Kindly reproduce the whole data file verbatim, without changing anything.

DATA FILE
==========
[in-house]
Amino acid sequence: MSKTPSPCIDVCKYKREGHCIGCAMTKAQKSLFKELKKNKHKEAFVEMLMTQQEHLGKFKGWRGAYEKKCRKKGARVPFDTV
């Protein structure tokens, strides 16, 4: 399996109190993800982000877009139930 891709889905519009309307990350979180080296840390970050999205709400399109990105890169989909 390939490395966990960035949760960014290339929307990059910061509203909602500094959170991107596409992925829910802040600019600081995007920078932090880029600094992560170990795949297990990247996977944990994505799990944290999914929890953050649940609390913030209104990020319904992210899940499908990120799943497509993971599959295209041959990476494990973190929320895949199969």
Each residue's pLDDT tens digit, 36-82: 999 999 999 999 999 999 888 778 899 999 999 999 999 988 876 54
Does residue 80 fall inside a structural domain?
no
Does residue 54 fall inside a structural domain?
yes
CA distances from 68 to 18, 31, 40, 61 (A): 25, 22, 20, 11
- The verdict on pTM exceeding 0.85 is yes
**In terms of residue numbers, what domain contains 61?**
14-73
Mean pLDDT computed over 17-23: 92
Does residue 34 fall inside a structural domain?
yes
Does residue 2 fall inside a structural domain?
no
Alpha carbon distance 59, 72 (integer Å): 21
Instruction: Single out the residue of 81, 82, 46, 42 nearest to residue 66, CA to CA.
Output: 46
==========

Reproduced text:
[in-house]
Amino acid sequence: MSKTPSPCIDVCKYKREGHCIGCAMTKAQKSLFKELKKNKHKEAFVEMLMTQQEHLGKFKGWRGAYEKKCRKKGARVPFDTV
């Protein structure tokens, strides 16, 4: 399996109190993800982000877009139930 891709889905519009309307990350979180080296840390970050999205709400399109990105890169989909 390939490395966990960035949760960014290339929307990059910061509203909602500094959170991107596409992925829910802040600019600081995007920078932090880029600094992560170990795949297990990247996977944990994505799990944290999914929890953050649940609390913030209104990020319904992210899940499908990120799943497509993971599959295209041959990476494990973190929320895949199969």
Each residue's pLDDT tens digit, 36-82: 999 999 999 999 999 999 888 778 899 999 999 999 999 988 876 54
Does residue 80 fall inside a structural domain?
no
Does residue 54 fall inside a structural domain?
yes
CA distances from 68 to 18, 31, 40, 61 (A): 25, 22, 20, 11
- The verdict on pTM exceeding 0.85 is yes
**In terms of residue numbers, what domain contains 61?**
14-73
Mean pLDDT computed over 17-23: 92
Does residue 34 fall inside a structural domain?
yes
Does residue 2 fall inside a structural domain?
no
Alpha carbon distance 59, 72 (integer Å): 21
Instruction: Single out the residue of 81, 82, 46, 42 nearest to residue 66, CA to CA.
Output: 46